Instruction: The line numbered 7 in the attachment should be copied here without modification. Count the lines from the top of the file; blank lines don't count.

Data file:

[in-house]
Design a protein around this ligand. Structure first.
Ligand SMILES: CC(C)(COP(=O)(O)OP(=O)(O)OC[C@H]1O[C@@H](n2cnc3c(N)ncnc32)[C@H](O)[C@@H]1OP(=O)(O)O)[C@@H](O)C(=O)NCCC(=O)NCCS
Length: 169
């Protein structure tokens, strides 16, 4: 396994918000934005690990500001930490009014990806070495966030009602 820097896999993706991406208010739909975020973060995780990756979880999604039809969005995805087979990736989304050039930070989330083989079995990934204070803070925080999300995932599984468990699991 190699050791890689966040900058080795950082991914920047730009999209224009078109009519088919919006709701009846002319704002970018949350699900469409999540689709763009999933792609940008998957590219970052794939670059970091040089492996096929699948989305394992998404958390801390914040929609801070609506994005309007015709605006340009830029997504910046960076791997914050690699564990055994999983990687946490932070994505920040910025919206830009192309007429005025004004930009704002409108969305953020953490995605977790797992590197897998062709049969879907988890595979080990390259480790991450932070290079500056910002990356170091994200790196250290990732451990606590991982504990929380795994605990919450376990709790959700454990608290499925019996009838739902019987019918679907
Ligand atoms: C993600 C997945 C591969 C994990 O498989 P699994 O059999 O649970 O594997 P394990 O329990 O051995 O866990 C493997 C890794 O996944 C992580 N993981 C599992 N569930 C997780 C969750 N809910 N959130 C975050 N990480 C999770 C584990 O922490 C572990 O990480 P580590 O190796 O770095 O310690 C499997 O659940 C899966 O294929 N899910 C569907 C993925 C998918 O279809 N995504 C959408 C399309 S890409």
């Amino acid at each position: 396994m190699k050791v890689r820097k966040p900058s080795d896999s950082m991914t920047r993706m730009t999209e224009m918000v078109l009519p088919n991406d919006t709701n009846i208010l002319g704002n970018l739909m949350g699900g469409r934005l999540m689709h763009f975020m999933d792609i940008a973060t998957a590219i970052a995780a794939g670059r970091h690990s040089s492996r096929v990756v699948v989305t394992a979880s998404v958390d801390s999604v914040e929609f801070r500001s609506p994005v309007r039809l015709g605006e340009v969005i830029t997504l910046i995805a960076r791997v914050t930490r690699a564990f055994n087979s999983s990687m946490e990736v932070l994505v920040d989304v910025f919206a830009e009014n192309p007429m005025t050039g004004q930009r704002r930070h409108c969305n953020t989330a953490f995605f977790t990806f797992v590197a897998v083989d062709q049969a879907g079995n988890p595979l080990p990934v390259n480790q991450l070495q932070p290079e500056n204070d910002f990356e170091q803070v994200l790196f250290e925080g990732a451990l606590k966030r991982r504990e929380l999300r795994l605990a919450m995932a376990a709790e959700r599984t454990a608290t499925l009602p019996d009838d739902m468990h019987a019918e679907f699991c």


């Amino acid at each position: 396994m190699k050791v890689r820097k966040p900058s080795d896999s950082m991914t920047r993706m730009t999209e224009m918000v078109l009519p088919n991406d919006t709701n009846i208010l002319g704002n970018l739909m949350g699900g469409r934005l999540m689709h763009f975020m999933d792609i940008a973060t998957a590219i970052a995780a794939g670059r970091h690990s040089s492996r096929v990756v699948v989305t394992a979880s998404v958390d801390s999604v914040e929609f801070r500001s609506p994005v309007r039809l015709g605006e340009v969005i830029t997504l910046i995805a960076r791997v914050t930490r690699a564990f055994n087979s999983s990687m946490e990736v932070l994505v920040d989304v910025f919206a830009e009014n192309p007429m005025t050039g004004q930009r704002r930070h409108c969305n953020t989330a953490f995605f977790t990806f797992v590197a897998v083989d062709q049969a879907g079995n988890p595979l080990p990934v390259n480790q991450l070495q932070p290079e500056n204070d910002f990356e170091q803070v994200l790196f250290e925080g990732a451990l606590k966030r991982r504990e929380l999300r795994l605990a919450m995932a376990a709790e959700r599984t454990a608290t499925l009602p019996d009838d739902m468990h019987a019918e679907f699991c």